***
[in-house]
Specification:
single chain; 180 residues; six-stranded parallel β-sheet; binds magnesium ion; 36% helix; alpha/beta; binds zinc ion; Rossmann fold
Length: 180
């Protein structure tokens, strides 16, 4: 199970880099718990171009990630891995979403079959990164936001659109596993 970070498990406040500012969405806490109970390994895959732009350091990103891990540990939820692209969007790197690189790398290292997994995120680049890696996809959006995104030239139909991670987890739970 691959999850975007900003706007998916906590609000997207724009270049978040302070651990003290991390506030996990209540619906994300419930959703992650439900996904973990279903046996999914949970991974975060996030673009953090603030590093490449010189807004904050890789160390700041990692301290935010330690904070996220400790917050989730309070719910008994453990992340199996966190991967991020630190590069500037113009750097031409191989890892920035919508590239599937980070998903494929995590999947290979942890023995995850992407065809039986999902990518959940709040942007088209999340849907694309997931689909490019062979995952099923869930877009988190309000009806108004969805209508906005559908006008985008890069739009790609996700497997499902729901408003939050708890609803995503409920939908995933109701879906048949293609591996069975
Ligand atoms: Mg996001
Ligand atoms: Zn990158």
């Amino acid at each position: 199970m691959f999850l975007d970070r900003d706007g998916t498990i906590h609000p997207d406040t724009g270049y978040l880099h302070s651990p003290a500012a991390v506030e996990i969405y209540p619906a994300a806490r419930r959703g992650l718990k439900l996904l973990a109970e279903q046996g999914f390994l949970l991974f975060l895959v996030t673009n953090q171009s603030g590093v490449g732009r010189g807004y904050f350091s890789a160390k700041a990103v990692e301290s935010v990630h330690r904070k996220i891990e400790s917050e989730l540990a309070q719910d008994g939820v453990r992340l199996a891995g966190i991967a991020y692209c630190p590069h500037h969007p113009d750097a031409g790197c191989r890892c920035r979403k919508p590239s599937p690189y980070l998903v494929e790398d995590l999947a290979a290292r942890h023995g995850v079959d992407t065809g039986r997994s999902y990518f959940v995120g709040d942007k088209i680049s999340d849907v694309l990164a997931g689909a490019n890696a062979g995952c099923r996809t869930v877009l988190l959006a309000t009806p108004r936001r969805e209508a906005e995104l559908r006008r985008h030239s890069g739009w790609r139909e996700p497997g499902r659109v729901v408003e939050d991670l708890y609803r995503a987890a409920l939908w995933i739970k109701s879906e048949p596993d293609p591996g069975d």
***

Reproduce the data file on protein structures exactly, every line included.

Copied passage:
[in-house]
Specification:
single chain; 180 residues; six-stranded parallel β-sheet; binds magnesium ion; 36% helix; alpha/beta; binds zinc ion; Rossmann fold
Length: 180
């Protein structure tokens, strides 16, 4: 199970880099718990171009990630891995979403079959990164936001659109596993 970070498990406040500012969405806490109970390994895959732009350091990103891990540990939820692209969007790197690189790398290292997994995120680049890696996809959006995104030239139909991670987890739970 691959999850975007900003706007998916906590609000997207724009270049978040302070651990003290991390506030996990209540619906994300419930959703992650439900996904973990279903046996999914949970991974975060996030673009953090603030590093490449010189807004904050890789160390700041990692301290935010330690904070996220400790917050989730309070719910008994453990992340199996966190991967991020630190590069500037113009750097031409191989890892920035919508590239599937980070998903494929995590999947290979942890023995995850992407065809039986999902990518959940709040942007088209999340849907694309997931689909490019062979995952099923869930877009988190309000009806108004969805209508906005559908006008985008890069739009790609996700497997499902729901408003939050708890609803995503409920939908995933109701879906048949293609591996069975
Ligand atoms: Mg996001
Ligand atoms: Zn990158």
């Amino acid at each position: 199970m691959f999850l975007d970070r900003d706007g998916t498990i906590h609000p997207d406040t724009g270049y978040l880099h302070s651990p003290a500012a991390v506030e996990i969405y209540p619906a994300a806490r419930r959703g992650l718990k439900l996904l973990a109970e279903q046996g999914f390994l949970l991974f975060l895959v996030t673009n953090q171009s603030g590093v490449g732009r010189g807004y904050f350091s890789a160390k700041a990103v990692e301290s935010v990630h330690r904070k996220i891990e400790s917050e989730l540990a309070q719910d008994g939820v453990r992340l199996a891995g966190i991967a991020y692209c630190p590069h500037h969007p113009d750097a031409g790197c191989r890892c920035r979403k919508p590239s599937p690189y980070l998903v494929e790398d995590l999947a290979a290292r942890h023995g995850v079959d992407t065809g039986r997994s999902y990518f959940v995120g709040d942007k088209i680049s999340d849907v694309l990164a997931g689909a490019n890696a062979g995952c099923r996809t869930v877009l988190l959006a309000t009806p108004r936001r969805e209508a906005e995104l559908r006008r985008h030239s890069g739009w790609r139909e996700p497997g499902r659109v729901v408003e939050d991670l708890y609803r995503a987890a409920l939908w995933i739970k109701s879906e048949p596993d293609p591996g069975d």